Thai Tensions Escalate

April 26, 2010 Updated: October 1, 2015

Thai pro-government supporters wave national flags and placards during a demonstration to counter anti-government 'red shirts' protesters at Victory monument in Bangkok on April 25. (Pornchai Kittiwongsakul/Getty Images)
Thai pro-government supporters wave national flags and placards during a demonstration to counter anti-government 'red shirts' protesters at Victory monument in Bangkok on April 25. (Pornchai Kittiwongsakul/Getty Images)
Increasing violence is feared as Thai red shirt protesters stepped up their protests again on Sunday as Thai Prime Minister Abhisit Vejjajiva refused the red shirts’ demand to dissolve the Thai government in 30 days. Abhisit says he will not consider elections until the situation in the country has normalized, according to the Bangkok Post.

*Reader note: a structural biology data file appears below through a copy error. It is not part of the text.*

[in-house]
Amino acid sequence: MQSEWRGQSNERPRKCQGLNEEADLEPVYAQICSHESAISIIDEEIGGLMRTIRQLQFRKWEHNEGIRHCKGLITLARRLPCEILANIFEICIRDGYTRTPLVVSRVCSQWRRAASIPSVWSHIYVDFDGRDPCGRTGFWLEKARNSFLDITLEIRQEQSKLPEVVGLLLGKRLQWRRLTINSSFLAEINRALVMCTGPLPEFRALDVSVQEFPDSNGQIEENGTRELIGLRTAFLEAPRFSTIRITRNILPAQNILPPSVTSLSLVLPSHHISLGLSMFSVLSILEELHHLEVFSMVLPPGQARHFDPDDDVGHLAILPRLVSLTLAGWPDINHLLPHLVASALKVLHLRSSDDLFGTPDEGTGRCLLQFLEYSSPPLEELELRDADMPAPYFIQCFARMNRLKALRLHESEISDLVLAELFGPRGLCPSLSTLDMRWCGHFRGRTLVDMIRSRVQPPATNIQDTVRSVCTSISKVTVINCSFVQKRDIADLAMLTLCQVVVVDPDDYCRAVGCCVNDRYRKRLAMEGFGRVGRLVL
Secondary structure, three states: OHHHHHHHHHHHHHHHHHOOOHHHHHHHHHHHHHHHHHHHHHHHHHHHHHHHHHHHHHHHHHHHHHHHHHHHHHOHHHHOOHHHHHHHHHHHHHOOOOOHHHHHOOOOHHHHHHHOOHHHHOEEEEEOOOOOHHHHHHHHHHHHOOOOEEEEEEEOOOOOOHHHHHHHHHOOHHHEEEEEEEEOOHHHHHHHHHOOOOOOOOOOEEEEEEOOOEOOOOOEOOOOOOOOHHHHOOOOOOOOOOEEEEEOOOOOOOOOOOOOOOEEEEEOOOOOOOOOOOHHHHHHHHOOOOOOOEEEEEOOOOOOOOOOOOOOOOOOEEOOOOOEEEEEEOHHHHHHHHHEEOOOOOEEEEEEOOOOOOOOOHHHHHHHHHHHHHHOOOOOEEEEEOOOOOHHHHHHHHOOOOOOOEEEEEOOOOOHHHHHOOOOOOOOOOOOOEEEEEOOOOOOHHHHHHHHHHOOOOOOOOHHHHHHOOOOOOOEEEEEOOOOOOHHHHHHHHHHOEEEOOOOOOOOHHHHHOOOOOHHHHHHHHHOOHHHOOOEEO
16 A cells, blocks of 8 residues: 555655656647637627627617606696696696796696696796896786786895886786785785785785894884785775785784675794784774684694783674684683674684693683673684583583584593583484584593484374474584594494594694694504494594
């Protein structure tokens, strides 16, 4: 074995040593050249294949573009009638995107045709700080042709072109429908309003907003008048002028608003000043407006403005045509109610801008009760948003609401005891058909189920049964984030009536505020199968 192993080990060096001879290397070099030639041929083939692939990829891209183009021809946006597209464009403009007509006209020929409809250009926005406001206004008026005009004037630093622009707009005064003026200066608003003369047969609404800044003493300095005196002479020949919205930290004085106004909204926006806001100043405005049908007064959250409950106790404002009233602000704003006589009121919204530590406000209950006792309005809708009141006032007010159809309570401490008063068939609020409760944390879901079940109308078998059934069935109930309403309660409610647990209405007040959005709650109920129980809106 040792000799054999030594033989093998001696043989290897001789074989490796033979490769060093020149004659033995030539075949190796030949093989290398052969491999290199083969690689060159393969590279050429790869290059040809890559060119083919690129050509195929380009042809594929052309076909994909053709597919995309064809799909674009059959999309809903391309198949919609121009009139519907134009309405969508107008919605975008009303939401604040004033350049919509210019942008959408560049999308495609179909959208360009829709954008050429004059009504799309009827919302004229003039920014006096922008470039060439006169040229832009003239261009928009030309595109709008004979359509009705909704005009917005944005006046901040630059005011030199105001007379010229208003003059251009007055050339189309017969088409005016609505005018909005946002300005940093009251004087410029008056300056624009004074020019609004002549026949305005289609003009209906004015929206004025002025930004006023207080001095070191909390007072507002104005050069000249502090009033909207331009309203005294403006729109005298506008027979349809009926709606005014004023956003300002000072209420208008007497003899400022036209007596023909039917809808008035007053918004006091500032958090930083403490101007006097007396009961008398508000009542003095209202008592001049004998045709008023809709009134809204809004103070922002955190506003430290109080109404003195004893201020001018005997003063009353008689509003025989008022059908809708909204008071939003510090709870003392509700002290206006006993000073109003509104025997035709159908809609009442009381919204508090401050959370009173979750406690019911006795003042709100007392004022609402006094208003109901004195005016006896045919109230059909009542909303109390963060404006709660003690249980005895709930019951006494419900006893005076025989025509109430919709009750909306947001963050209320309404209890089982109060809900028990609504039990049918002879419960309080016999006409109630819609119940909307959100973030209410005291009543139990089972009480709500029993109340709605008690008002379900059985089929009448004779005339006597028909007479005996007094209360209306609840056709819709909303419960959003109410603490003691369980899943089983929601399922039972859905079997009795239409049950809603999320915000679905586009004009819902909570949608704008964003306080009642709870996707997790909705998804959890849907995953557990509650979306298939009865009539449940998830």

The Post also reported that red shirts, formally known as United Front for Democracy against Dictatorship (UDD) succeeded in creating roadblocks outside several cities that prevented hundreds of Thai police from reaching Bangkok. UDD leaders told the government on Sunday that government force would only further destabilized Abhisit’s power. On April 10, violent police clashes left over two dozen protesters dead.

Also on Sunday, thousands of pro-government “no color” demonstrators, mostly urban middle-class, came out to protest the predominately poor rural red shirts.

Abhisit also said that he will revise Thailand’s economic income estimate as the nearly seven weeks of protests have caused tourism to dwindle and forced downtown Bangkok shops to close down.